News / 

Joint Chiefs chairman could recommend ground troops...Guilty plea from school gunman...Firefighters gain

Save Story

Estimated read time: 2-3 minutes

This archived news story is available only for your personal, non-commercial use. Information in the story may be outdated or superseded by additional information. Reading or replaying the story in its archived form does not constitute a republication of the story.

WASHINGTON (AP) — If President Barack Obama's strategy against Islamic extremists in Iraq and Syria fails -- the chairman of the Joint Chiefs of Staff says he'd make a new recommendation "that may include the use of ground forces." Gen. Martin Dempsey told senators today that he would take that step if he believes U.S. advisers "should accompany Iraqi troops" in attacking specific targets held by the Islamic State group.

DECATUR, Ga. (AP) — A Georgia man who was persuaded by a bookkeeper to surrender during a 2013 gun battle with police at a school near Atlanta has pleaded guilty to multiple charges. He was sentenced this morning to 20 years in prison. Police say Michael Hill entered the school last year with a rifle and nearly 500 rounds of ammunition. He exchanged gunshots with police from inside the school before the bookkeeper persuaded him to surrender. No one was hurt in the gunfire.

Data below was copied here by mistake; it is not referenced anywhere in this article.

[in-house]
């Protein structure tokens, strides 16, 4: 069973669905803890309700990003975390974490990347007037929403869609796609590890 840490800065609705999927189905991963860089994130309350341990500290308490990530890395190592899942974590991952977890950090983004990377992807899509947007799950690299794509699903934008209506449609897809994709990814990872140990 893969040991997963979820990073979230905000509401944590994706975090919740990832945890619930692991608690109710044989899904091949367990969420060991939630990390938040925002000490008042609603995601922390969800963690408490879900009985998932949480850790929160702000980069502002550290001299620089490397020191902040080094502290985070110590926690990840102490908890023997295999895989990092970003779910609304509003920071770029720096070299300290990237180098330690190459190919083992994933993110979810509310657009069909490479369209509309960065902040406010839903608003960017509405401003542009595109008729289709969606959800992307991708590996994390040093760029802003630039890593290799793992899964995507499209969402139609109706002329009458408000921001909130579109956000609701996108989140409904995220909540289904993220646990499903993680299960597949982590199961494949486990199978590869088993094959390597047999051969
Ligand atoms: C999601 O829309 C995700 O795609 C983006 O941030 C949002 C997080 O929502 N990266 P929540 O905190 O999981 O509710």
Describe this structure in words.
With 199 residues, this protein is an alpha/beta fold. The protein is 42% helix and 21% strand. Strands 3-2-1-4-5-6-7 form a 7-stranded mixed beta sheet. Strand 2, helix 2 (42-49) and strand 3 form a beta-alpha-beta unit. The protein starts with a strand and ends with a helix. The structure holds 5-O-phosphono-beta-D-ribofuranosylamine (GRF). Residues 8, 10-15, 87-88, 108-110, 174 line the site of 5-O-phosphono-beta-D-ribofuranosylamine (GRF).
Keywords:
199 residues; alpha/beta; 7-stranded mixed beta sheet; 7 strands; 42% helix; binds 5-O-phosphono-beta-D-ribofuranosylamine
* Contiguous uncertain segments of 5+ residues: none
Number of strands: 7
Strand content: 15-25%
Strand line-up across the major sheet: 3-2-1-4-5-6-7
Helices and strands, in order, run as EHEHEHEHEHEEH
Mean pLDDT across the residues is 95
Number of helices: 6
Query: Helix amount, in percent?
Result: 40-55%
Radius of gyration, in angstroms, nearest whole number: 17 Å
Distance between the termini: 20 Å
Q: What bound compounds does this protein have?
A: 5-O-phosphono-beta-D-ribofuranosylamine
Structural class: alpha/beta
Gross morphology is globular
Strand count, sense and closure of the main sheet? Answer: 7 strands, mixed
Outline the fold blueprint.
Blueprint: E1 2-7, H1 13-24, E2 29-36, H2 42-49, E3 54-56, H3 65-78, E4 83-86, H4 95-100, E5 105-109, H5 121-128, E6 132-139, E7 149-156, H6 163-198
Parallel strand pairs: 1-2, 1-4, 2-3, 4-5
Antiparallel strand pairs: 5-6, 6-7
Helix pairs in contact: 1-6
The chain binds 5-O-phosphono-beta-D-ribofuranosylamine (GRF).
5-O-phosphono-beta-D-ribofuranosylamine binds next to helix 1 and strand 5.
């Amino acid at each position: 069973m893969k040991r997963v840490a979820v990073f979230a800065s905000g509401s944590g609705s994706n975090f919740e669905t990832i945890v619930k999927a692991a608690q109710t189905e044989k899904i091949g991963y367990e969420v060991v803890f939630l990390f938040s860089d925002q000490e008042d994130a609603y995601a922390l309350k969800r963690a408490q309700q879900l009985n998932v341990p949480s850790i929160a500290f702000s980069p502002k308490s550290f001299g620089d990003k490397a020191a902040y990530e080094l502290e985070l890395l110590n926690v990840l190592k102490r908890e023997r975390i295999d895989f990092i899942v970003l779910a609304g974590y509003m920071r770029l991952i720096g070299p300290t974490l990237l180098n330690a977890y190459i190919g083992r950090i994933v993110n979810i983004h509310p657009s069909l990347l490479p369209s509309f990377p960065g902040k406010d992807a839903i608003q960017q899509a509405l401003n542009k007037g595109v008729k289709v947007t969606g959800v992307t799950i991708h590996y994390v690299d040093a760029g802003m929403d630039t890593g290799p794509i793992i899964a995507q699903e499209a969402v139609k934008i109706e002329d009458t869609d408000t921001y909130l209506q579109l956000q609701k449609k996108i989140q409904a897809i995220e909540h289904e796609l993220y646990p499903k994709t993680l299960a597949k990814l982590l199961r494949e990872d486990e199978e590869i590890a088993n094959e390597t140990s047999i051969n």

WEED, Calif. (AP) — Firefighters are gaining ground on a wildfire that raced through a far Northern California town, damaging or destroying 100 homes and a church. A state fire spokeswoman says the fire near the Oregon border is now 20 percent contained. The fire moved quickly after breaking out yesterday afternoon, and at least 1,500 people were forced to flee.

WASHINGTON (AP) — There's a new indication today that inflation remains under control. A measure of prices that producers receive for their goods and services was unchanged in August. The government says wholesale gas prices fell 1.4 percent and food costs were down by one half of one percent.

TOPEKA, Kan. (AP) — The Kansas Supreme Court today hears arguments over whether the Democrat who wants to drop out of the state's U.S. Senate race will have to stay on the ballot. It's a dispute that could have a big effect on the Republicans' chances of recapturing a Senate majority. Democrat Chad Taylor said earlier this month that he wants off the ballot, but he didn't give an explanation. It seemed to set up a two-person race between three-term Republican incumbent Pat Roberts and independent Greg Orman, who many believe has a chance to unseat Roberts head to head.

Copyright © The Associated Press. All rights reserved. This material may not be published, broadcast, rewritten or redistributed.

Most recent News stories

The Associated Press


    Get informative articles and interesting stories delivered to your inbox weekly. Subscribe to the Trending 5.
    By subscribing, you acknowledge and agree to's Terms of Use and Privacy Policy.

    KSL Weather Forecast